Price: $15.00/kg.     10/10


Conclusion - Ah Seng surely ranks as the best place to buy durians in Singapore.  During the peak season, this small stall will become flooded with people (mostly aunties and uncles) all clamoring to get hold of his top quality durians.  I went to Ah Seng Durian with such high hopes, and I am pleased to say that I was not disappointed.

Wednesday, June 26, 2013

Indian Cuisine - Aloo Palak

Potato is one of the most versatile vegetables around, and for today's recipe I will highlight one of India's most ubiquitous potato dishes - Aloo Palak.

This is a pretty quick and easy dish to put together, but it is important to take note of a couple of things.  Firstly, this dish infamously needs a lot of oil (as you can see in my 'Ingredients'), if you wish to put less, that is fine - But the dishes is at its best when more oil is used.  Secondly, you must use Indian 'palak' spinach.  Definitely don't use any Chinese spinach, slippery spinach or varieties similar to those.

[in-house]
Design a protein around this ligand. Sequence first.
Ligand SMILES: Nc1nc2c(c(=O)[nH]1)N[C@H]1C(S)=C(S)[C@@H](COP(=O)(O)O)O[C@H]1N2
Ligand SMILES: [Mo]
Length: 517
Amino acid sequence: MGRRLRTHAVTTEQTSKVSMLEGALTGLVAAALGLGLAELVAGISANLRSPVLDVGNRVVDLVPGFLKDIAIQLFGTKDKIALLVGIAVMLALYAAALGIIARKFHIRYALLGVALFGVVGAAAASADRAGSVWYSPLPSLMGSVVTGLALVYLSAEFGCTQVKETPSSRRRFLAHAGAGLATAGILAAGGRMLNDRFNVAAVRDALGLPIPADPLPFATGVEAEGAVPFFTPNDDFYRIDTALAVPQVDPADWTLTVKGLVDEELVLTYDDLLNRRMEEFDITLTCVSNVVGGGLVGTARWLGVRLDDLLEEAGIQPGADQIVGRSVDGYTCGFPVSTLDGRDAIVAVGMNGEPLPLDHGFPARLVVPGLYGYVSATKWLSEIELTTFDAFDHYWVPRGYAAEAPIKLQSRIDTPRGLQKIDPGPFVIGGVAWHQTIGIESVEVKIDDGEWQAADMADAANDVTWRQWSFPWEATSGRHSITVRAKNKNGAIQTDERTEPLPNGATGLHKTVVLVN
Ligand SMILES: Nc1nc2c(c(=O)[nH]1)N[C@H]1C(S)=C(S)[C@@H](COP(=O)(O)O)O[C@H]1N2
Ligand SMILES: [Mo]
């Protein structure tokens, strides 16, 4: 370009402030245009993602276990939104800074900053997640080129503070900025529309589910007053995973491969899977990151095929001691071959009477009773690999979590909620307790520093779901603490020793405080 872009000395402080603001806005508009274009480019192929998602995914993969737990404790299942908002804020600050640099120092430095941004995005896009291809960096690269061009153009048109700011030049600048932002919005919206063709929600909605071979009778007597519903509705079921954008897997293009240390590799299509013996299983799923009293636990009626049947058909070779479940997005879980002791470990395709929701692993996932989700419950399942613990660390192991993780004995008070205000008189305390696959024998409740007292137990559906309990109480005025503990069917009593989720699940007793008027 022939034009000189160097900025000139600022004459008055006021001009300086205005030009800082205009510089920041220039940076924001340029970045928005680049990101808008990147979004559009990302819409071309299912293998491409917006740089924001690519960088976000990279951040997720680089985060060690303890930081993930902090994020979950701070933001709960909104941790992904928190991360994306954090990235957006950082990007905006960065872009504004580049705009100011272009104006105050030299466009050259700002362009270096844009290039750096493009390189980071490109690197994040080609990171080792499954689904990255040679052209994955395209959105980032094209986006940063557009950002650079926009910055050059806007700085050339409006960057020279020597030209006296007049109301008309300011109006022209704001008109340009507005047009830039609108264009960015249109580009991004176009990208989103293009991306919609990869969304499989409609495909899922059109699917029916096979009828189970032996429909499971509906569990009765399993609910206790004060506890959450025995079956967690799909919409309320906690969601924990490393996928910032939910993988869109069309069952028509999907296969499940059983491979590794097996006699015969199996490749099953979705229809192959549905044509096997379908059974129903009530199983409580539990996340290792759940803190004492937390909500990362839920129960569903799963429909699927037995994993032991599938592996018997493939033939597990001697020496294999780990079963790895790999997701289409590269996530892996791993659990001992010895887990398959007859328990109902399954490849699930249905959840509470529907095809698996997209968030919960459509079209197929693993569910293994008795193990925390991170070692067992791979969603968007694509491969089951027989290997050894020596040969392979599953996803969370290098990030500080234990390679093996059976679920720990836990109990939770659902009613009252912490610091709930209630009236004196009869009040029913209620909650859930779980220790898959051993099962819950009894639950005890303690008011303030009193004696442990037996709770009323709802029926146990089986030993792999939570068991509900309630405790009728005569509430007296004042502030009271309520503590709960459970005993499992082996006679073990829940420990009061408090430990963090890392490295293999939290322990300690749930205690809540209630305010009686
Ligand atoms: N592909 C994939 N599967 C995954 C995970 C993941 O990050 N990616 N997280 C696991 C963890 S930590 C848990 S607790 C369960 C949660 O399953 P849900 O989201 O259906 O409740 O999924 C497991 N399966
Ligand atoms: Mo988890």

Ingredients
 
·         Spinach – Large Bunch (Indian style ‘palak’ spinach with large stems removed)
·         Boiled Potatoes – 1kg
·         Oil – ¼ Cup
·         Cumin Seeds – 1 TBS
·         Onion – 1 Large (diced)
·         Salt – To taste
·         Turmeric – 1 TSP
·         Ginger and Garlic Paste – 2 TSP
·         Coriander Powder – 1 TBS
·         Garam Masala Powder – 1 TBS
·         Red Chilli Powder – 1 TSP
·         Lime – Juice of two limes


Instructions
 
1.       Add oil into a pan.  Once the oil has reached its boiling point, add cumin seeds.
2.       Once the cumin seeds begin to sizzle, add diced onion.  Immediately afterwards, add salt (dry potato dishes tend to require a little more salt, so be generous).